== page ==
Treating a patient with fibromyalgia is almost inevitable regardless of the type of medicine you practice. Approximately 3% to 10% of the U.S. population, mostly women, experience chronic pain associated with the condition, characterized by widespread musculoskeletal involvement and tender points.

What many providers don’t realize is the role that sleep plays in the development of fibromyalgia. We all know that a lack of sleep can affect a patient negatively, but for some people, it can be a decisive factor in whether they develop a life-long pain syndrome.

Results from a recent study in Norway show that patients with sleep problems are three- to five-times more likely to develop fibromyalgia symptoms over time than those who sleep soundly. Similar outcomes have been observed in previous studies involving college-aged students. When the students entered slow-wave sleep, researchers used noise to bring them into lighter stages of sleep. After several days, students whose sleep was disturbed developed musculoskeletal pain similar to patients with fibromyalgia. Once they were allowed to sleep again, their pain resolved.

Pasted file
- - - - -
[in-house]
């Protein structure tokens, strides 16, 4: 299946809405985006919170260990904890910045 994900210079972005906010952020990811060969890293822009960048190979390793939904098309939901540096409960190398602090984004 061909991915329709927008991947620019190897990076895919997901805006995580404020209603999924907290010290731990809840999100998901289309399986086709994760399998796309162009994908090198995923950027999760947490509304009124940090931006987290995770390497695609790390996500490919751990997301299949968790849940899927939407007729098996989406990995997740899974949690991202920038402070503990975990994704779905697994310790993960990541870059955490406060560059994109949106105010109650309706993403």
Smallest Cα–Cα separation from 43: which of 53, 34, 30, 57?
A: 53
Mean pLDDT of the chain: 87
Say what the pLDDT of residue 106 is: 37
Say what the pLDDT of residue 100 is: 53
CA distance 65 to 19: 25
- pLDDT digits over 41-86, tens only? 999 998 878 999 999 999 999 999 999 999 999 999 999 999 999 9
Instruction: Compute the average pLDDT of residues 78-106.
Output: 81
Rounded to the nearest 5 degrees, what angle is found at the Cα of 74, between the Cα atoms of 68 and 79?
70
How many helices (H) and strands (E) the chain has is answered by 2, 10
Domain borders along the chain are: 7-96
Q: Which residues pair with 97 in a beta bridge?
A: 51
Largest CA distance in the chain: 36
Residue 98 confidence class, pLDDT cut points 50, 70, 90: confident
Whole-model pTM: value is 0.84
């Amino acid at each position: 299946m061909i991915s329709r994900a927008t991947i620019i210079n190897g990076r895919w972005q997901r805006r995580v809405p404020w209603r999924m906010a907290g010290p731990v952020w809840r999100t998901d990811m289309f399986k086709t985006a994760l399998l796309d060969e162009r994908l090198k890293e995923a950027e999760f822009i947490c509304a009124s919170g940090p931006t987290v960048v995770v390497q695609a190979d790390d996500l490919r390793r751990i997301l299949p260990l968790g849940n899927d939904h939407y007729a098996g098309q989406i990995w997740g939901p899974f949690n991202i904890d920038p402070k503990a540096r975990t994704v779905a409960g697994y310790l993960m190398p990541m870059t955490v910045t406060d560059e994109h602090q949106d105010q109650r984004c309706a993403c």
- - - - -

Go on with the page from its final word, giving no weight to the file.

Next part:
Another abnormality often observed in patients with fibromyalgia is the alpha electroencephalogram (EEG) anomaly, first described by Hauri and Hawkins, also known as alpha-delta sleep. Delta waves are the hallmark of deeper sleep in patients with normal sleep, but research shows that fibromyalgia patients often do not reach these deeper stages of sleep or don’t stay there long enough. In addition, alpha waves — the brain waves typically seen in a relaxed but aware state — often appear, indicating that a possible brain abnormality may be keeping these patients awake.

Insomnia, obstructive sleep apnea, bruxism and restless leg syndrome, have also been observed in patients with fibromyalgia.

Although it is likely that they may have already mentioned it as part of their ongoing symptoms, always remember to take a thorough sleep history in patients with fibromyalgia. If warranted, consider ordering a polysomnogram to rule out possible sleep abnormalities.

Educating patients with fibromyalgia about the importance of good sleep hygiene is imperative. Treating underlying sleep conditions promptly may significantly decrease the amount of pain these patients experience.  

Sharon M. O’Brien, MPAS, PA-C, works at Presbyterian Sleep Health in Charlotte, N.C. Her main interest is helping patients understand the importance of sleep hygiene and the impact of sleep on health.

References

Hauri P, Hawkins DR. Electroencephalogr Clin Neurophysiol. 1973. 34(3):233-237.
Mork PJ, Nilsen TIL. Arthritis & Rheumatism. 2012;64: 281–284.